So like I alluded to in my last post, I’ve been pretty busy and my focus has not been on the blogpost front for quite some time. I was approached by co-worker and strength coach Joe Giandonato, who is also an expert contributor on several sites, namely STACK.com, elitefts.com, and T-Nation.com for starters, so needless to say he knows what he is talking about. Also, he is an active powerlifter, along with being a pretty smart dude. Brains with the brawn, and he wants to contribute to my blog? Perfect timing were my initial thoughts.
So with that, here are a few tips on what to do and what not to do if you want to gain some muscle on your skinny frame before beach season starts.
Guest Post from a Local Strength Coach
My friend and fellow trainer at Penn’s Pottruck Fitness Center, has graciously provided me bandwidth to beacon the masses with a soap box rant on a few recent attention grabbing topics within the fitness and strength and conditioning communities.
Musings on Olympic Lifting and Powerlifting
As a high school strength coach, it should be no secret that I love Olympic lifts and the big three. I do, but the analytical and pragmatic sides of me sometimes question the inclusion of these beloved training methodologies in a number of instances. Many strength coaches and personal trainers, including myself, have fallen guilty of trying to squeeze everyone under the same umbrella during the rainstorm at some point in the careers. Lesser informed or obnoxiously stubborn strength and conditioning and fitness professionals propagate the mantra that including O-lifts or the big three, or both, in every program is the bee’s knees.
Strength coaches should examine the demands of the sport or competition and personal trainers should address their client’s needs and cater to their requests. For example, should the musculoskeletal integrity of a high level athlete be jeopardized by devoting programming to solely improving maximum strength? Similarly, should a newbie fat loss client who would likely notch an anemic FMS score be introduced to full Olympic lifts when they look more athletic parked on the couch than they do walking? Yes, these are extreme examples, but scenarios that coaches or trainers may or already have encountered in their professional careers. Programs require individuality and specificity and should not be lumped together for the sake of including Olympic lifts and powerlifts.
Should You Sprint Year Round?
In the same vein of the appropriateness of Olympic lifting and Powerlifting within one’s program, is the need to sprint throughout the year.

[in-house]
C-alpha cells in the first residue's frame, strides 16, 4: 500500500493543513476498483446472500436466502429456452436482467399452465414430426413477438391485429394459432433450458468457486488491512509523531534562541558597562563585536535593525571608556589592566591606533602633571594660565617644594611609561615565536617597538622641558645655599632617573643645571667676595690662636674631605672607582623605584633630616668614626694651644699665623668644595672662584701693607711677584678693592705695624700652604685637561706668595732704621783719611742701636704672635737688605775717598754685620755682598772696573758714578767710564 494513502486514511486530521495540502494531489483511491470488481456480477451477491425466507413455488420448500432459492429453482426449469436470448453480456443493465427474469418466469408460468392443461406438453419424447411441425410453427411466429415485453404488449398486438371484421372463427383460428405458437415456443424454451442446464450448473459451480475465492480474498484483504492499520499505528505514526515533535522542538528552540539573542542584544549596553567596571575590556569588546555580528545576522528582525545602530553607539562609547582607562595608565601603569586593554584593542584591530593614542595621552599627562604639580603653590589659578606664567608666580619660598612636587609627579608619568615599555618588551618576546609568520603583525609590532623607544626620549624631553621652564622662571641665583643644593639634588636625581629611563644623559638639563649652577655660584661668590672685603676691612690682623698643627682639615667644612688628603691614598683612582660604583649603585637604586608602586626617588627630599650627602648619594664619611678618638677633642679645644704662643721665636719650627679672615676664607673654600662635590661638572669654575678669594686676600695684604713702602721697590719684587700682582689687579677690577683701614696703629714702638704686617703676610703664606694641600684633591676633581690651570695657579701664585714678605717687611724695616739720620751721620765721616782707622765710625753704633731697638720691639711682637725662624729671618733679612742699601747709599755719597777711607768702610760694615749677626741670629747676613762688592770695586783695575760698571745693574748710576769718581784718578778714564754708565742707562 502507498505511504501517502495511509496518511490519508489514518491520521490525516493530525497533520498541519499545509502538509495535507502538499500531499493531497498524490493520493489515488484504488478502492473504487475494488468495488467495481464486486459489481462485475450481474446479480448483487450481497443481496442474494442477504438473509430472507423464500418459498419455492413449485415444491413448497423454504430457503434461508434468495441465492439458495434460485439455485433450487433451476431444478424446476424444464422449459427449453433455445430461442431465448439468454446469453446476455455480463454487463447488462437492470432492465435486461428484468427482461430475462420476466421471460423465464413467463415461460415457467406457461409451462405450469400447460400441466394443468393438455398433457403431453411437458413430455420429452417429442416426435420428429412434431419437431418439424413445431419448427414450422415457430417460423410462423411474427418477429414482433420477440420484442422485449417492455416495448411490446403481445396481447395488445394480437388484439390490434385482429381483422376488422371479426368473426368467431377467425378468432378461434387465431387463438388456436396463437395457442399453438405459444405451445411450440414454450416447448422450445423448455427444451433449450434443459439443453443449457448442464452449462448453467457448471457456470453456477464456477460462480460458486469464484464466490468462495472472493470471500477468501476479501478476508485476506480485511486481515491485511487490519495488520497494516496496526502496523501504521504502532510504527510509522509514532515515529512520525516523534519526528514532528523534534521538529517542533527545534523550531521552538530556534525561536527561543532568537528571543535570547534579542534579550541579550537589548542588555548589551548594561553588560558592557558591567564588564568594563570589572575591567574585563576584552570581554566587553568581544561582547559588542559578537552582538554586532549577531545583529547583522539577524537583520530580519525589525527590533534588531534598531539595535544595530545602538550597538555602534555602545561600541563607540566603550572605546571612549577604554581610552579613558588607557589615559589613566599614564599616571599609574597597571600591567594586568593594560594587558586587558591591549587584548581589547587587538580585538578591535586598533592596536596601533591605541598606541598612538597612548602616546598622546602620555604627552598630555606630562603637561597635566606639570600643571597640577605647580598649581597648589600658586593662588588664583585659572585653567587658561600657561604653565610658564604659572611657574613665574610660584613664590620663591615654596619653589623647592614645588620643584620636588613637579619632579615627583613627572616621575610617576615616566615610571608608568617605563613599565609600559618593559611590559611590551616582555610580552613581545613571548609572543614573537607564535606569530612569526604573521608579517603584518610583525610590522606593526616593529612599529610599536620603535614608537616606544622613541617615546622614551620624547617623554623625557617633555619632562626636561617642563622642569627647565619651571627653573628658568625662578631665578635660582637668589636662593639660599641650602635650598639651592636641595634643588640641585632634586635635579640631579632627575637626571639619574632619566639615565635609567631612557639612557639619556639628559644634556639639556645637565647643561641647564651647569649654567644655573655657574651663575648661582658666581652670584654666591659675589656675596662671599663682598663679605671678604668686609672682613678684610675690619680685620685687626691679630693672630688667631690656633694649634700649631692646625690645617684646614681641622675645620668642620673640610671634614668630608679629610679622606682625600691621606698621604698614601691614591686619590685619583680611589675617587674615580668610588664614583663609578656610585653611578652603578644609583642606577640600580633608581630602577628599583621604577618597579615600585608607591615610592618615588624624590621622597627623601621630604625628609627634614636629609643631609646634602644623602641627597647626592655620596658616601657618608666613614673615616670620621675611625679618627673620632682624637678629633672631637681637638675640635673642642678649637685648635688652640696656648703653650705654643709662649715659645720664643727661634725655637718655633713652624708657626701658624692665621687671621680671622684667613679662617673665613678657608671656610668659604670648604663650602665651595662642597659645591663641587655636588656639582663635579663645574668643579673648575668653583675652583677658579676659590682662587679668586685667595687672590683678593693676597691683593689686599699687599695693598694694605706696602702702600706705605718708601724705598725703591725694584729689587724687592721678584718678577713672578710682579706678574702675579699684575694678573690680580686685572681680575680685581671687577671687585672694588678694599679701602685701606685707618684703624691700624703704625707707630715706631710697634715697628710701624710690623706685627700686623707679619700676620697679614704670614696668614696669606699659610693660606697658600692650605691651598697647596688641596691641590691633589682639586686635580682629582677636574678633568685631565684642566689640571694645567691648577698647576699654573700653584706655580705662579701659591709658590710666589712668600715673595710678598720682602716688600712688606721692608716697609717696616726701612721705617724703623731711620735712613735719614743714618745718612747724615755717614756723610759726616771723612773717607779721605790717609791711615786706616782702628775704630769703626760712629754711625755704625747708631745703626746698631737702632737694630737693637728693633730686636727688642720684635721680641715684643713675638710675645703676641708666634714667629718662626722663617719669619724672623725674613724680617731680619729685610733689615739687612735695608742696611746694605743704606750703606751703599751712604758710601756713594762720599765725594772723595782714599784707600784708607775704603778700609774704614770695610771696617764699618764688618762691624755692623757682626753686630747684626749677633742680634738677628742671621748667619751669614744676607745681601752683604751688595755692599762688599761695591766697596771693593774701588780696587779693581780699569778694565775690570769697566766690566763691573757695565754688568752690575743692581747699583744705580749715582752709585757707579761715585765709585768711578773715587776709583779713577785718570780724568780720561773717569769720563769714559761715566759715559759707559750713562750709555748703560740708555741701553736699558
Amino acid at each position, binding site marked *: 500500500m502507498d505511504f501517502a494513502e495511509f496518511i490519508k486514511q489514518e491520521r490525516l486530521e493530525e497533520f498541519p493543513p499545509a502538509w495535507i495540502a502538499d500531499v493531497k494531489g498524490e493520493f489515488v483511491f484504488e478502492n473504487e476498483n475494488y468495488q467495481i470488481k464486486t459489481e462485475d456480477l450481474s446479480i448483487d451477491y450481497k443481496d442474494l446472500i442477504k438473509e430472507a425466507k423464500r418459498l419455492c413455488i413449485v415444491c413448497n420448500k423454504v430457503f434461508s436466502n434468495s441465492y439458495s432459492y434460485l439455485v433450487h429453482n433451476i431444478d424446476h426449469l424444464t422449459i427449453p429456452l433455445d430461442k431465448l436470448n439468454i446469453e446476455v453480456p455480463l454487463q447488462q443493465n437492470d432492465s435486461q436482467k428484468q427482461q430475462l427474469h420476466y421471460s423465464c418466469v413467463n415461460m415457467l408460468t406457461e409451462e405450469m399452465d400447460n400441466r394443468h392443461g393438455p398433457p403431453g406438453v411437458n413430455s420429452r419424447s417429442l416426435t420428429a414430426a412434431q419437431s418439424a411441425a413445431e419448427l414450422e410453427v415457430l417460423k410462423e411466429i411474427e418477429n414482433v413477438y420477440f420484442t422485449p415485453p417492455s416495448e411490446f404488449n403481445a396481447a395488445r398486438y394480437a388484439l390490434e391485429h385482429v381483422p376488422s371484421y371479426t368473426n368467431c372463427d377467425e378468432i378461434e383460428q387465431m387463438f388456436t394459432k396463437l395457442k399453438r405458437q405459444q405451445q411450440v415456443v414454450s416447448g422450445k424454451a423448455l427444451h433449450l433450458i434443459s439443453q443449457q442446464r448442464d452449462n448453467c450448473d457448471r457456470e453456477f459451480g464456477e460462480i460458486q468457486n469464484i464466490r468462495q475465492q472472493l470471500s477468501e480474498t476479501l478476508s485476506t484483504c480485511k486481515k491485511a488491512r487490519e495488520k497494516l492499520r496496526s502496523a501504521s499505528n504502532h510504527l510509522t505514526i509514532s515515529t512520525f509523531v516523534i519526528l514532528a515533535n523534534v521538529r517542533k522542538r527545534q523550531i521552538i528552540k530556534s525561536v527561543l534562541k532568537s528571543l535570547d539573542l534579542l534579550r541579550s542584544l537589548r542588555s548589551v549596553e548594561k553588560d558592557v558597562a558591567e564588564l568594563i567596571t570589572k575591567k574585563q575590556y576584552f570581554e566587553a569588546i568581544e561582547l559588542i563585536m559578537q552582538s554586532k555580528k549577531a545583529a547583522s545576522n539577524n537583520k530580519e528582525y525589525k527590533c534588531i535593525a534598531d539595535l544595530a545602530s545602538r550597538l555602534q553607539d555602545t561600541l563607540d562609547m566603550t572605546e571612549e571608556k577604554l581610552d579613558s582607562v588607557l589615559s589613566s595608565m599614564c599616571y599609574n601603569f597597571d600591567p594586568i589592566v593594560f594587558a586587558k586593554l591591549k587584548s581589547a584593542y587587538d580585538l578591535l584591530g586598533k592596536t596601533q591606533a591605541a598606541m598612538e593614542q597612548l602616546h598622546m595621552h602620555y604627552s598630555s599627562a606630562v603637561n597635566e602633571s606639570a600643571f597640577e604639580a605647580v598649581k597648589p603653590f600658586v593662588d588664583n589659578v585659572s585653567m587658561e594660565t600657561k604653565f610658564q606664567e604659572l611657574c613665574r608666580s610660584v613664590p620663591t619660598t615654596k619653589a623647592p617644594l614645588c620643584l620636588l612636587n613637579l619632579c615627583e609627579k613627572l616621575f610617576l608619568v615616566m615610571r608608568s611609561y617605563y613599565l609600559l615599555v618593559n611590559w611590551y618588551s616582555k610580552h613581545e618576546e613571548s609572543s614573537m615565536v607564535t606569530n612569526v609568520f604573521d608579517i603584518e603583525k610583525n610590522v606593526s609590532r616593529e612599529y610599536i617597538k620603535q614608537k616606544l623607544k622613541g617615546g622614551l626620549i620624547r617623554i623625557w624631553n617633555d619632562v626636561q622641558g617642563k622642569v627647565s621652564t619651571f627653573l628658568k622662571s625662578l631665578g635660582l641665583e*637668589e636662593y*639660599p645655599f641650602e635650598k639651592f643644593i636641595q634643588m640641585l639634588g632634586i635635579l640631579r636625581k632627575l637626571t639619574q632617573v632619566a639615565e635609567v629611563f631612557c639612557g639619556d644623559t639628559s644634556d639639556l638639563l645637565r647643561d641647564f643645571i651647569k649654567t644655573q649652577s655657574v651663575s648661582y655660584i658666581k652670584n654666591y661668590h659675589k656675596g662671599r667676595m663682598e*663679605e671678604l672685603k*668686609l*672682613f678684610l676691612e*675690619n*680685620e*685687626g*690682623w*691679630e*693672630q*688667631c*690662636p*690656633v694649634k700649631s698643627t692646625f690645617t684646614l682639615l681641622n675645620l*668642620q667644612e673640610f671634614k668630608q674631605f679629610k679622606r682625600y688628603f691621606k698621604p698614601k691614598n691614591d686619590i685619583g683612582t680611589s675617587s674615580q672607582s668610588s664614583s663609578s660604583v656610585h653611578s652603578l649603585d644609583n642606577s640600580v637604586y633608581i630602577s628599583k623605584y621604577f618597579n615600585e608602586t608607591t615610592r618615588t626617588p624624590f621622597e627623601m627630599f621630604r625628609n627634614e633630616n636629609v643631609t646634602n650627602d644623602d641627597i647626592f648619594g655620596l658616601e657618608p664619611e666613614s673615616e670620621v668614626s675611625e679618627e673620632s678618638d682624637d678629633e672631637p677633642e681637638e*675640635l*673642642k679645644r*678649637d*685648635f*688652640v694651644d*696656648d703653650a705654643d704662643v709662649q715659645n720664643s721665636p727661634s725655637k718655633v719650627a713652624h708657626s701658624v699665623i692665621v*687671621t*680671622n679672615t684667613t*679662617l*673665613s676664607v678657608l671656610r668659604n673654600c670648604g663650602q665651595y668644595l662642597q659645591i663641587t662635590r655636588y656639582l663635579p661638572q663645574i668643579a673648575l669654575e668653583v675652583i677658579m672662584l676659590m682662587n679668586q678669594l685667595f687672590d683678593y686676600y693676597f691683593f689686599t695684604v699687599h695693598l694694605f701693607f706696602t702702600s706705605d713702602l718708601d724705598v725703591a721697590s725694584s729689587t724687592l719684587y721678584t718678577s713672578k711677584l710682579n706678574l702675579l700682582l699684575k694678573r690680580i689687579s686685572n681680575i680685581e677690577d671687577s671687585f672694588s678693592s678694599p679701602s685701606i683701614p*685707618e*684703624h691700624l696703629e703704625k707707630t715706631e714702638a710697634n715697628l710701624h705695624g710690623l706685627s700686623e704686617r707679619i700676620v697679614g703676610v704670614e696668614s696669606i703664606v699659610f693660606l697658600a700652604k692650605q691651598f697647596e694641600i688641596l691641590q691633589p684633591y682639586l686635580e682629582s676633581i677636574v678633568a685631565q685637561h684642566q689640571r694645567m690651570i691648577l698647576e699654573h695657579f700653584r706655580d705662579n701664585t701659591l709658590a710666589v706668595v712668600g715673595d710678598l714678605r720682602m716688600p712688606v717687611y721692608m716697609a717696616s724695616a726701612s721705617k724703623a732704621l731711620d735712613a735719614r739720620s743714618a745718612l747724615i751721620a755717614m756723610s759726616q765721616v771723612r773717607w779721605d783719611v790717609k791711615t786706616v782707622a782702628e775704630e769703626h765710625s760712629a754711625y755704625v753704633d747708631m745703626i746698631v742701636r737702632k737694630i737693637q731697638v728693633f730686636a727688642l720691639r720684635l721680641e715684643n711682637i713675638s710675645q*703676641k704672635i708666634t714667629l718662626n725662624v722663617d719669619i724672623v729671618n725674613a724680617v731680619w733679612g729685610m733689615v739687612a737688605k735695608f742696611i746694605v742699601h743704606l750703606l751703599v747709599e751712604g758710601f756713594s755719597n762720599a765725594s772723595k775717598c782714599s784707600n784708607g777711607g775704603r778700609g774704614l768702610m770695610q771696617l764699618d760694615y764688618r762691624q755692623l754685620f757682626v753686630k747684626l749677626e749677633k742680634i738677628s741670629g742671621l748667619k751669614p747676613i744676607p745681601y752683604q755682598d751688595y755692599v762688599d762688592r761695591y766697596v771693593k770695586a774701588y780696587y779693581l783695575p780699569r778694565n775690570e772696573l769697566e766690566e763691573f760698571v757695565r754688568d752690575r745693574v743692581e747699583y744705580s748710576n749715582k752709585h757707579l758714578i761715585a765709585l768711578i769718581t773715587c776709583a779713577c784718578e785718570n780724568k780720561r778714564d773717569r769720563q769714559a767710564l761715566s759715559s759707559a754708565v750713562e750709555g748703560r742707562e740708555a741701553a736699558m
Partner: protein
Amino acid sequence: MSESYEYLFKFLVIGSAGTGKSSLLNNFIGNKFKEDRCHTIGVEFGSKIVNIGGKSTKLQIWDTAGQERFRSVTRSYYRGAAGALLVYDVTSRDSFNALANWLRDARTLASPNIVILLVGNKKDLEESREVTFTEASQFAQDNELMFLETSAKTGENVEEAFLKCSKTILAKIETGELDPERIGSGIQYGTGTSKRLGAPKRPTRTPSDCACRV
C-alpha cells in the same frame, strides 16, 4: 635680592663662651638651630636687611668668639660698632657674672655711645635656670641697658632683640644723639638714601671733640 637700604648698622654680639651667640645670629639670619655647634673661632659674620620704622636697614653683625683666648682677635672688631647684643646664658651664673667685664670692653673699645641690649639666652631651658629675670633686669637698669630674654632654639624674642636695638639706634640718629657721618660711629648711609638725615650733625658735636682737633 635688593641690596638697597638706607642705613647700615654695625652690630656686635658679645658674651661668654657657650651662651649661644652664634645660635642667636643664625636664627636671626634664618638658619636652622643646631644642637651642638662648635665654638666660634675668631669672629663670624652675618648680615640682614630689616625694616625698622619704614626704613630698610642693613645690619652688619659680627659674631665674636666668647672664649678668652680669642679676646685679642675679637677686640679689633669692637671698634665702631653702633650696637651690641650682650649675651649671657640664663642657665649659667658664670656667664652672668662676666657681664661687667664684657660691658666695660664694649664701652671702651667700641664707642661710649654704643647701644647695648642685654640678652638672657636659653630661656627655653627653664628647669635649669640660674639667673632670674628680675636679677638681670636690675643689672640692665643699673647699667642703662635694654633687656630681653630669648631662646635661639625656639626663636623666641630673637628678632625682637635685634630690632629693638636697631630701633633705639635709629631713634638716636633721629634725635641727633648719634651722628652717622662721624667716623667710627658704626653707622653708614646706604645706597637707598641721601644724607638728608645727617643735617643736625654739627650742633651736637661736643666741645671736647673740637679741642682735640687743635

As a preface, sprinting kicks ass. As in, it literally kicks your ass. If you sprint regularly, you’ll develop a nice, powerfully sculpted set of glutes and sinewy hamstrings. Great. But sprinting is extremely taxing on the body and can potentially interfere with gaining muscle.
Although this is hurdling, Michelle Jenneke needed to
make an appearance on this blog someway, somehow.
First, sprinting is neurally draining. With every ground contact and subsequent push off you’re recruiting a swath of high threshold motor units with virtually immeasurable rapidity. Propelling yourself to travel as fast as you can places massive demands on the CNS, which is your body’s “performance headquarters”. Each time you sprint, you’re deploying masses of motor neurons to activate the muscles involved during sprinting. As such, your recovery should properly correlate with your activity. Those muscles are tired and your CNS is usually fried following an intense sprint training session.
Sprinting on flat surfaces falls to the extreme right of the force-velocity curve and solely focusing on sprints within your training won’t make you stronger, especially when you don’t spend time on the left side, collecting strength enabling enhanced rate of force production when you shift back to the right. Athletes not competing year round should work through the entire curve during their training.
Left to right by developing strength, establishing dynamic strength, developing power, performing resisted speed work (i.e. hill sprints), before settling on pure speed work, which marks the pinnacle of your training.
As alluded to earlier, sprinting can possibly interfere with gaining muscle mass. Preliminary research that’s been conducted, including a 2011 study involving male and female subjects, speculates that sprinting may downregulate mTOR, mammalian target of rapamycin, which governs cell growth and proliferation as well as protein synthesis. Hypetrophy geared strength training and sprinting both vie for the same pathway and if the mass seeking individual is spending too much time sprinting, then they won’t maximize their muscle gain. Sprinting also evokes a great oxygen debt and burns a tremendous quantity of calories, which could be better used for helping certain individuals gain muscle mass.
- Esbjornsson M, Rundqvist HC, Mascher H, et al. Sprint exercise enhances muscle p70S6k phosphorylation and more so in females that in males. Acta Physiol. 2011